According to Companies House, Brand’s company – called Pablo Diablo’s Legitimate Business Firm Ltd – saw its net assets more than double from £2m in 2020 to £4.1 million in 2021.
What is the method by which YouTubers generate income?
There are numerous methods available for individuals to generate income on YouTube.
One way to generate income is through advertising revenue. Once YouTubers have built a substantial audience, they can have advertisements displayed before and during their videos, earning different amounts of money. As an example, a YouTuber with 500,000 subscribers recently revealed to the BBC that they earned approximately £10,000 from a video that received 1.5 million views.
The actual earnings from videos can significantly differ and be either lower or higher than this.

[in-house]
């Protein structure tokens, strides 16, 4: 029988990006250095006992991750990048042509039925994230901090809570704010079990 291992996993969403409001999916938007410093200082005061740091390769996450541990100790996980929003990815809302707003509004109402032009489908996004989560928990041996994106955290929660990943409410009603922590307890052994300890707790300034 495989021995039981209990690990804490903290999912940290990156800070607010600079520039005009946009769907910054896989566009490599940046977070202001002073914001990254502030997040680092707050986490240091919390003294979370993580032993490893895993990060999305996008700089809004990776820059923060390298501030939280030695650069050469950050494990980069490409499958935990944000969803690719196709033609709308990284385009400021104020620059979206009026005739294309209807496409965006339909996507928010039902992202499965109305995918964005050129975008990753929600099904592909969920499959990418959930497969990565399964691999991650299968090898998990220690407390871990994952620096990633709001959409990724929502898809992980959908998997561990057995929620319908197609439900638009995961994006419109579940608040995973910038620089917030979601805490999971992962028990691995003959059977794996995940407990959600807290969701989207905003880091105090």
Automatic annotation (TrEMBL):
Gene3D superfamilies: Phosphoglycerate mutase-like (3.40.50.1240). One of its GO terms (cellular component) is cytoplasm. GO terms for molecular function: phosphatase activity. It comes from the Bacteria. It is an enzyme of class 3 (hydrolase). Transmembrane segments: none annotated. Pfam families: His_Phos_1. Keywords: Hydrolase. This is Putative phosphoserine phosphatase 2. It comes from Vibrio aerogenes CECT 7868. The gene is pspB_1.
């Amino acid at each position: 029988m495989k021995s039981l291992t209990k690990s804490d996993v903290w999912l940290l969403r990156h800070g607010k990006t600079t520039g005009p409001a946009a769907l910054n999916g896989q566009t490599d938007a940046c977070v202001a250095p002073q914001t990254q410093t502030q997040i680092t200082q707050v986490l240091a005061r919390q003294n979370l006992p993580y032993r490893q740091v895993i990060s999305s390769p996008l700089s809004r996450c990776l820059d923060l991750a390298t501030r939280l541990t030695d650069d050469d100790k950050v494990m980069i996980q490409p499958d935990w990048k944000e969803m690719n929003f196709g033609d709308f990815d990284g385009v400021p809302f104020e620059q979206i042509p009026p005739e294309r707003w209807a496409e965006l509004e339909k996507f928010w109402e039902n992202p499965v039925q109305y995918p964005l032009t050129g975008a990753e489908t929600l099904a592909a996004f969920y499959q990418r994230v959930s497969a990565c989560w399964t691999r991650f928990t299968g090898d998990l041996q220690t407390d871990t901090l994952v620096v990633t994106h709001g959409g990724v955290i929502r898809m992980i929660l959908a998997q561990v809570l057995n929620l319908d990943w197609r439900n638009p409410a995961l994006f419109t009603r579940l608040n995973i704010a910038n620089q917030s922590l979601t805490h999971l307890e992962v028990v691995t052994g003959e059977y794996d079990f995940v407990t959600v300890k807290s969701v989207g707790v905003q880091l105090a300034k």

Other ways of making money include channel memberships, where people subscribe to see more of your content, as well as super chat and super thanks, where a viewer can pay to have their message to the creator appear more prominently.
However, the primary method by which YouTubers generate income is through sponsorships, commonly referred to as “spons” within the community.
In the description of all his videos, except for his latest one where he addressed the accusations, Brand prominently features advertisements. These advertisements are for various companies, such as a skincare brand, a food supplement powder, a VPN service, and a coffee substitute.
Companies pay for prominent sponsorship on videos earning hundreds of thousands of views, and will generally pay much more for the amount of conversions – people who buy the product using the link. This could be anything from one twentieth to half the purchase price.
It’s impossible to accurately estimate how much this is, as the finances are agreed on a case-by-case basis. But suffice to say, it is not uncommon for a YouTuber to make more money through spons than any other income source on the platform.
Investigation and reaction